Grand Junction is famous for the one and only, Nature's Trifecta, which is a combination of three contrasting and unique geographical landscapes that can't be found anywhere else in the world! They include Colorado National Monument, known as the mini Grand Canyon; the Grand Mesa, the largest flat-top mountain in the world with over 300 lakes; and Rattlesnake Arches, the second-most natural arches in the world.

Designated as the second-largest concentration of natural arches outside of Arches National Park, Rattlesnake Arches completes the trio of natural wonders known as Nature's Trifecta. 

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Rattlesnake Arches is the second-largest concentration of natural arches in the world. Containing over 35 arches all within a mile of each other and no crowds, take the trail less traveled and explore the arches today. When planning to visit Rattlesnake Arches, it is important to note that there are two possible routes to consider:

1) The first option is a strenuous 15.5-mile roundtrip hike called Pollock Bench Trailhead via Fruita. This route is open year-round, but be sure to plan accordingly if you decide to hike it. 

2) The second option is a 13-mile drive that requires a 4-wheel drive vehicle or OHV called Upper Trailhead via Glade Park. This route consists of two different access roads (Upper Access Road and Lower Access Road). The access road you use will depend on the time of the year you plan to visit. The Upper Access Road is open from April 15 to August 15 and the Lower Access Road is open from August 15 to February 15. It is important to note that both roads are closed from February 15 - April 15.

It takes effort to reach the Rattlesnake Canyon Arches, but the reward of breathtaking scenery and solitude through canyons and across scrubby mesas is well worth the challenge. You can learn more about the two routes below or click here for detailed directions on how to find the amazing Rattlesnake Arches.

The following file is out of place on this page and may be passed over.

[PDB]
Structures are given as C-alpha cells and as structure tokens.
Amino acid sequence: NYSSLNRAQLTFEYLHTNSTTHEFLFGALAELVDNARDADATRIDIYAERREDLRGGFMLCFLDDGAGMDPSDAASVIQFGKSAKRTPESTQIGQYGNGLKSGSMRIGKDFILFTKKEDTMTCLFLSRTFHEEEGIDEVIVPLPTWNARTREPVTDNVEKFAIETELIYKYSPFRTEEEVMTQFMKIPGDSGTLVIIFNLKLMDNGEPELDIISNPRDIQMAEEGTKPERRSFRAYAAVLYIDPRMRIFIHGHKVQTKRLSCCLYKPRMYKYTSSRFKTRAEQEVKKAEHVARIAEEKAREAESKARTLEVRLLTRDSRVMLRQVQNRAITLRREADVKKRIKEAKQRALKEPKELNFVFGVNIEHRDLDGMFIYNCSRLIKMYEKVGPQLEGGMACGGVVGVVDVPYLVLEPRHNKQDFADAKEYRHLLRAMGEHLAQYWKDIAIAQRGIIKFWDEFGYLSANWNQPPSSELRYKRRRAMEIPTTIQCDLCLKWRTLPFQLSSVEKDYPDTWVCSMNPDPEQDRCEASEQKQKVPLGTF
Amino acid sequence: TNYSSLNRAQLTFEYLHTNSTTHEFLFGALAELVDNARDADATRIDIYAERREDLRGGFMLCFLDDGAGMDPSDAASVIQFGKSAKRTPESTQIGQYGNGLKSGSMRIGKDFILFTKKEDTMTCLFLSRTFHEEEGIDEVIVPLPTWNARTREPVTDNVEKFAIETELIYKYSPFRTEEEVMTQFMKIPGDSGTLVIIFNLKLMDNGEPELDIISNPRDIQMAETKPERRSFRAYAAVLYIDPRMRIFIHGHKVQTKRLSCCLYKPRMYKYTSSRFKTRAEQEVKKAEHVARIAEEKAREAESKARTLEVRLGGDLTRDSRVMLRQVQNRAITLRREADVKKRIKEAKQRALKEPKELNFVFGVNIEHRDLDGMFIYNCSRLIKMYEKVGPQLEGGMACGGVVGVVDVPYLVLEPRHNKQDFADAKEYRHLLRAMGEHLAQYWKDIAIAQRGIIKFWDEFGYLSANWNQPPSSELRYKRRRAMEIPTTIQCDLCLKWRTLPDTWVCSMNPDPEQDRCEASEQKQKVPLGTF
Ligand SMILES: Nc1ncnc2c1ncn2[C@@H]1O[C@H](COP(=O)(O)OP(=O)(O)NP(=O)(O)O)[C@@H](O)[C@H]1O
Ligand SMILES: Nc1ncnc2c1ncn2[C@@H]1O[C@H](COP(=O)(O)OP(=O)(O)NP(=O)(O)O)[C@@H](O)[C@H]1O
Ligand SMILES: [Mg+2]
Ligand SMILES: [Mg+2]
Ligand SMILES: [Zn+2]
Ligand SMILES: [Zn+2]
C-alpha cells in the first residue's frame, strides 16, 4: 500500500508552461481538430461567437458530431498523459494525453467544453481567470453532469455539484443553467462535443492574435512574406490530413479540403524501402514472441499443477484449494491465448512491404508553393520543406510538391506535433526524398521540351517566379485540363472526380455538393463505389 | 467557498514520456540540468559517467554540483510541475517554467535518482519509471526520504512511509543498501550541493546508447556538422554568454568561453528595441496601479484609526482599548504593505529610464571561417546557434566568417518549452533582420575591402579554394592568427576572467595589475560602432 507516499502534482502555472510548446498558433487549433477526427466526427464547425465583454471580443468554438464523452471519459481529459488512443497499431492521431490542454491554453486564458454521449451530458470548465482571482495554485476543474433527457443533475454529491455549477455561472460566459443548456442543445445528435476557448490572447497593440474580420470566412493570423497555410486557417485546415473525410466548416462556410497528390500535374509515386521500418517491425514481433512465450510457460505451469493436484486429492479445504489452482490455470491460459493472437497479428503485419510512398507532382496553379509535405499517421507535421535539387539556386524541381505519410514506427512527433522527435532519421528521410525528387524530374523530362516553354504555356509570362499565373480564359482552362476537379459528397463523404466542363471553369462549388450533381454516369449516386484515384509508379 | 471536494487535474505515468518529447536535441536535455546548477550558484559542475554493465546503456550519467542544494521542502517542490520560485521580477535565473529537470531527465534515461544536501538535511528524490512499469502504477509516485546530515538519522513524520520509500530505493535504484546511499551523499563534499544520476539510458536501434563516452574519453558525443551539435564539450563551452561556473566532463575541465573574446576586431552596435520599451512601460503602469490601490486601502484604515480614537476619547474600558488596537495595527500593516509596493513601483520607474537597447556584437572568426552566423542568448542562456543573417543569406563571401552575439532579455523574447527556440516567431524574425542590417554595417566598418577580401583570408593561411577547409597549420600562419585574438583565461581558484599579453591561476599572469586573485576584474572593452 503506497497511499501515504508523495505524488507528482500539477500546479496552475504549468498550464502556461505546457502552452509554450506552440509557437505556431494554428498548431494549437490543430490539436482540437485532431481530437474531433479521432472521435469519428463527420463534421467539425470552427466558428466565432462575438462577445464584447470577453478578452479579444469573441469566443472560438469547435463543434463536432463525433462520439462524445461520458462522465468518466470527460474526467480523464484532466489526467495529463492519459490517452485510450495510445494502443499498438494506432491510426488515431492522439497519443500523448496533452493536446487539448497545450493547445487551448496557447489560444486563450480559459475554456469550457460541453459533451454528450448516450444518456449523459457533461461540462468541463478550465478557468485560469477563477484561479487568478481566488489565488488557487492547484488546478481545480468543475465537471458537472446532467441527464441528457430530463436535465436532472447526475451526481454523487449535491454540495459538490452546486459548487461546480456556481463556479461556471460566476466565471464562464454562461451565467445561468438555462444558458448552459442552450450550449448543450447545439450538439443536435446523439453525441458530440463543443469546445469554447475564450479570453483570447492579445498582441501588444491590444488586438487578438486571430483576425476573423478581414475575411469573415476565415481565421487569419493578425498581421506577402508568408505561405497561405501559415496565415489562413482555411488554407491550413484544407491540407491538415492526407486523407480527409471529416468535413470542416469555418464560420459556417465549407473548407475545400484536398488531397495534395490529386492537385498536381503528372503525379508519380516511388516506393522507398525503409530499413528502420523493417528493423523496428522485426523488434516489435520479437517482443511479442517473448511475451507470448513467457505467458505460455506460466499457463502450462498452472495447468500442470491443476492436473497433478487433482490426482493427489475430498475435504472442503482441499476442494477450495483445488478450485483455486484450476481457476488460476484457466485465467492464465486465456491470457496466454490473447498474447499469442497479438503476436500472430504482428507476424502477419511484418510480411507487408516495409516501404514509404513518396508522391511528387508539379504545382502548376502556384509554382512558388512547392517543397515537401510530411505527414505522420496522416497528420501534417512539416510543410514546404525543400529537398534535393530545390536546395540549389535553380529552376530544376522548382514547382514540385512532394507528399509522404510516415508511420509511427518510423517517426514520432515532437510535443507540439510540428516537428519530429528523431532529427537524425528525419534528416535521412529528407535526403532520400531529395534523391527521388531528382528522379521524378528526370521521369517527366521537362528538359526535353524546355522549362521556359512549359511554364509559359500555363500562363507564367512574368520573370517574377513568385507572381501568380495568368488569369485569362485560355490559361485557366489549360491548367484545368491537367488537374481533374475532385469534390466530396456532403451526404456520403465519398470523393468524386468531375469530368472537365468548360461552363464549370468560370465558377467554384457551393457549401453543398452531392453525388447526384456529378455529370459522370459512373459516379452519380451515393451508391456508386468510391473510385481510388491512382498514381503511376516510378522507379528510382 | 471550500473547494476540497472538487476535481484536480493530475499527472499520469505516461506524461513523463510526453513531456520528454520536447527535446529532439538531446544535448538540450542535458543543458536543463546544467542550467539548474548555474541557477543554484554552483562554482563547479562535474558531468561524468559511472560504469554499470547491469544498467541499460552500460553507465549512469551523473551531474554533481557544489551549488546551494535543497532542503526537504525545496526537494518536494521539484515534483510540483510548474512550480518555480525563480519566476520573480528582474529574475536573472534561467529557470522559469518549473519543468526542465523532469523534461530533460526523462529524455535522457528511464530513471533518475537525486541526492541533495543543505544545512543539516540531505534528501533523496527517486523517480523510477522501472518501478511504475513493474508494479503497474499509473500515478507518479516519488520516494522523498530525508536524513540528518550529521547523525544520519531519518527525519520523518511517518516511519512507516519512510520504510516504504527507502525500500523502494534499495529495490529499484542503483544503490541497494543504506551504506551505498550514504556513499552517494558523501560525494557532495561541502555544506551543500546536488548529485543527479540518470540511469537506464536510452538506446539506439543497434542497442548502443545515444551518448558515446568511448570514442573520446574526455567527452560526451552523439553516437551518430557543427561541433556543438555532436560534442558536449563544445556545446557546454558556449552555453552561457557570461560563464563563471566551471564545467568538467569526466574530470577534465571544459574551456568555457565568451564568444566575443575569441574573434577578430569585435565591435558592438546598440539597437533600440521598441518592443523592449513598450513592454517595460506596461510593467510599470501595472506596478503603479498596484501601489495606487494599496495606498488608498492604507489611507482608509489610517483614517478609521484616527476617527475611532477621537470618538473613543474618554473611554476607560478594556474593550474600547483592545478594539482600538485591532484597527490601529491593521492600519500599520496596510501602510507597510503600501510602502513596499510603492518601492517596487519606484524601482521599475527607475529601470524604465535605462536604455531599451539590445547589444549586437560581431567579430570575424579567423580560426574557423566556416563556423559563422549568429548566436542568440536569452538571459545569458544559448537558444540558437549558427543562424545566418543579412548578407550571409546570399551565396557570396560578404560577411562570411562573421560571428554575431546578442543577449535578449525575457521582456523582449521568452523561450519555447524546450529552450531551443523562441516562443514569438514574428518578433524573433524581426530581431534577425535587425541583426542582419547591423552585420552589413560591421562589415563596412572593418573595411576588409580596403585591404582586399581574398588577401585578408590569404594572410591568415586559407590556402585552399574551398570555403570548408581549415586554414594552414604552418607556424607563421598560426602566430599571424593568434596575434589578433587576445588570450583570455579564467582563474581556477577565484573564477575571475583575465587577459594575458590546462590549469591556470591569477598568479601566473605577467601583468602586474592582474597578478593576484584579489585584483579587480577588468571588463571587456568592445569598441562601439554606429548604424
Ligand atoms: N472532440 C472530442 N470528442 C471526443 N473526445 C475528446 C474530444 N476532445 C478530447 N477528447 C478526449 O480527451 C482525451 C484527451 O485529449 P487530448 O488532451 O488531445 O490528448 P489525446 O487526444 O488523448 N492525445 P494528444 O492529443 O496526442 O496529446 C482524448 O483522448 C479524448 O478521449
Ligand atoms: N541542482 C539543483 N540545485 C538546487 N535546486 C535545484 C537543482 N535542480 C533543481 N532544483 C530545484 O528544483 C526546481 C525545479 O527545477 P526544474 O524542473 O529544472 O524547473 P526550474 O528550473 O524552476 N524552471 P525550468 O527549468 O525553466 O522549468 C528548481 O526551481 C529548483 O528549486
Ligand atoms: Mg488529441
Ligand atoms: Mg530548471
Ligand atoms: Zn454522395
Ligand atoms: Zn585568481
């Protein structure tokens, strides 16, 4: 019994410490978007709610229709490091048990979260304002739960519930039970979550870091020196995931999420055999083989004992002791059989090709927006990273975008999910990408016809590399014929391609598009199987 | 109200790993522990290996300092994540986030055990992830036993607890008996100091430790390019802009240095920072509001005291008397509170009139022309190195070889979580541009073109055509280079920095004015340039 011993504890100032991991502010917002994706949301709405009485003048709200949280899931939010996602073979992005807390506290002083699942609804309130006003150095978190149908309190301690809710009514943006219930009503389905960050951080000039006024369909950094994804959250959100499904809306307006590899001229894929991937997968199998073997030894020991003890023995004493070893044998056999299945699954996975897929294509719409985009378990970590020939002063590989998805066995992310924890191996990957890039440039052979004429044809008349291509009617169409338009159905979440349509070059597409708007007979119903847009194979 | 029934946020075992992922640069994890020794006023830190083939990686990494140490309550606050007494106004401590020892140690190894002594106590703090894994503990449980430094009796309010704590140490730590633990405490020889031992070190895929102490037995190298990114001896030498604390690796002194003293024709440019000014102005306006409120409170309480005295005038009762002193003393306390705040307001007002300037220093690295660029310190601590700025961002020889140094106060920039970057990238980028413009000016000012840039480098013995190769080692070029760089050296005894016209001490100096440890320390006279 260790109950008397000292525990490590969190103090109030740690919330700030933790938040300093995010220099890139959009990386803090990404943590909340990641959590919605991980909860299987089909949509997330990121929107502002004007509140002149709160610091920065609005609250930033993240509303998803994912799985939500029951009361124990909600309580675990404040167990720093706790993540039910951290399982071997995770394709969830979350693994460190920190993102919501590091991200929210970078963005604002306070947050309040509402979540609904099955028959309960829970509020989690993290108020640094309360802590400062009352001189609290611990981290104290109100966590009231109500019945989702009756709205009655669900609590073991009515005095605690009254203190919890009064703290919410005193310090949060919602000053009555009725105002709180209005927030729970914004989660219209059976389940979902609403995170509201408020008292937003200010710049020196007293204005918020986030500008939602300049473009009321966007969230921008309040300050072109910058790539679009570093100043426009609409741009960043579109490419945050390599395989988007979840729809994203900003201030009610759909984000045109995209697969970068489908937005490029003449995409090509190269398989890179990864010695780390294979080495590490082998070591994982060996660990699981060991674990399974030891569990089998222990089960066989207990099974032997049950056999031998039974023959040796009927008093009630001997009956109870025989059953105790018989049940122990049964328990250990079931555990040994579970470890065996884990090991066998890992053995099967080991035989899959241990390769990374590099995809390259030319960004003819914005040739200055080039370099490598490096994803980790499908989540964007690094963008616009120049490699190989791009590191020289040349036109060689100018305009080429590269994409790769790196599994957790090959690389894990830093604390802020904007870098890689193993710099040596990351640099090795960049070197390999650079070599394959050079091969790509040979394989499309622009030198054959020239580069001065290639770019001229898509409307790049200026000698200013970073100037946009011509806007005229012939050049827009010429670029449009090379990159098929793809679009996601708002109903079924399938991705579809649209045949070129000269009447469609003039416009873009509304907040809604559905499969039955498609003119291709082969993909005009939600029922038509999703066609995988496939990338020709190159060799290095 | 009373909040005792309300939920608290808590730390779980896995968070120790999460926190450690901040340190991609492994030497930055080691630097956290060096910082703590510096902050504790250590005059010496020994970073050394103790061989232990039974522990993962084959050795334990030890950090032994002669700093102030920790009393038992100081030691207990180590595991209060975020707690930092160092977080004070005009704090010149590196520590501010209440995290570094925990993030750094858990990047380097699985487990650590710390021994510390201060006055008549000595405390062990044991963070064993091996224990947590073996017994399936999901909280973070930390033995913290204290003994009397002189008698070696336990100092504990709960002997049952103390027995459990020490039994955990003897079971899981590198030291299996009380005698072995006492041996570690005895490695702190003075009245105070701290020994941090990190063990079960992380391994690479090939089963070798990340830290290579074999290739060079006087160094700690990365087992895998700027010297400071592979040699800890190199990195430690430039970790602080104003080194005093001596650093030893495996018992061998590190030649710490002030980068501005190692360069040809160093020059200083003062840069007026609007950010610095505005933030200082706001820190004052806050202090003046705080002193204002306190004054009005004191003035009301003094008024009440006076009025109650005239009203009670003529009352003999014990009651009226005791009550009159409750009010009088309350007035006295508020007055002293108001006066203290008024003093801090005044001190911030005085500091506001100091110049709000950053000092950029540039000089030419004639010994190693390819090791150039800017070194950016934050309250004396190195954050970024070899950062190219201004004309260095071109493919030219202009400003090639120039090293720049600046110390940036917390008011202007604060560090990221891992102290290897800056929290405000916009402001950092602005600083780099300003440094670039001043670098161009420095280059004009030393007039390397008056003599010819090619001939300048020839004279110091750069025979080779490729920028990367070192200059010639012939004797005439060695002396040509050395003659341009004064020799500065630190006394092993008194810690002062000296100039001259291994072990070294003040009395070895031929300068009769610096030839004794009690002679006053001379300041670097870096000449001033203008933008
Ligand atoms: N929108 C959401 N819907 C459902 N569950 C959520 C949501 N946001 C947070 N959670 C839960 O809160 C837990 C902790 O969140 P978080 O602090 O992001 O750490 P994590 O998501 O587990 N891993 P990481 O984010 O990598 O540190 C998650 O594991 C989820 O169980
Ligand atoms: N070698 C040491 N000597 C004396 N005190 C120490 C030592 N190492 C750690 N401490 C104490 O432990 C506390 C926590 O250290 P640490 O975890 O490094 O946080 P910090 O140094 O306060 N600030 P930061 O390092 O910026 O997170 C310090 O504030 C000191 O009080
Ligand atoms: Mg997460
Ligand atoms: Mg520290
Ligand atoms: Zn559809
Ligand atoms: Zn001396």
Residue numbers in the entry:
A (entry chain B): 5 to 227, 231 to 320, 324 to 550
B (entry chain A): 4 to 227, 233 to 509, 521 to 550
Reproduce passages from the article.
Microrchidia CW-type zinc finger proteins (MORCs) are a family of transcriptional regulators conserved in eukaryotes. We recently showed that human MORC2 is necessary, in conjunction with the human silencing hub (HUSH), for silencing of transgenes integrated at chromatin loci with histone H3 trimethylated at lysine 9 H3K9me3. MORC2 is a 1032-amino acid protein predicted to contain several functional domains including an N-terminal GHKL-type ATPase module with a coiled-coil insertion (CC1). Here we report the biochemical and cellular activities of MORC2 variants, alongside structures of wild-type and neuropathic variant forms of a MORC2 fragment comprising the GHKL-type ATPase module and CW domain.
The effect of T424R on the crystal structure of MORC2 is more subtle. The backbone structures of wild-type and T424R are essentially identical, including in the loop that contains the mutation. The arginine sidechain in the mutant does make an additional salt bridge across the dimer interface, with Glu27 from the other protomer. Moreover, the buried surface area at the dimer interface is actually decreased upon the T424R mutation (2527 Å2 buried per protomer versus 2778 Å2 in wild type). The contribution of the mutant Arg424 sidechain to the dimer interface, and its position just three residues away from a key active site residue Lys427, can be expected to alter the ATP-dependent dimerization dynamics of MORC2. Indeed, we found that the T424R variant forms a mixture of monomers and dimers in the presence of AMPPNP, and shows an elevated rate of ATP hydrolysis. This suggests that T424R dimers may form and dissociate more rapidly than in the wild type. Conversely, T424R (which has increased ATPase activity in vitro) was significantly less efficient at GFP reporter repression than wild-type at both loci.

The Rattlesnake Canyon Arches

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The Rattlesnake Canyon Arches were formed in a layer of Entrada sandstone and are scattered along one mile of the Rattlesnake Canyon’s upper rim. The smooth, salmon-colored sandstone was deposited more than 175 million years ago in the form of sand dunes on an ancient coastline. As the inland sea disappeared, erosion started sculpting contoured alcoves. Wind-blown grit, frost wedging, and runoff thinned out the alcoves causing the artistic-looking holes. Trickling water later enlarged the holes, leaving today’s magnificent parade of arches.

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In addition to its unique geology, the Rattlesnake Canyon area also features a high-desert ecosystem scattered with piñon pines, junipers, sagebrush, cacti, and yuccas. Hikers often spot wildlife, including mule deer, desert bighorn sheep, grey foxes, cottontail rabbits, and lizards. Don't forget to look up to view turkey vultures, golden eagles, and hawks flying high above the arches. To help you plan ahead for your visit to the Rattlesnake Arches, read below and choose which route you prefer - they are very different options.


Hiking from Pollock Bench Trailhead via Fruita

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If you’re looking for a longer hike or just want to avoid the 4x4 route, choose Pollock Bench Trailhead. This trailhead is easily accessible from the mild dirt road running along the Colorado River. From the Pollock Bench Trailhead, hike for six miles, at which point you arrive at the Rattlesnake Arches Trailhead. The strenuous hike threads up rock-walled canyons, scrambles over sandy slabs, and skirts across eroded hoodoos and spires, before ultimately leading you to the same jaw-dropping scenery as the upper trailhead. Plan on a full-day adventure and pack plenty of water - at least two liters per hiker. Even though this hike is exceedingly beautiful, it’s not a dog-friendly trail, especially in the summer. With almost no shade, steep ledges, and rocks that can burn the pads of their feet, it’s best to leave your furry friends behind.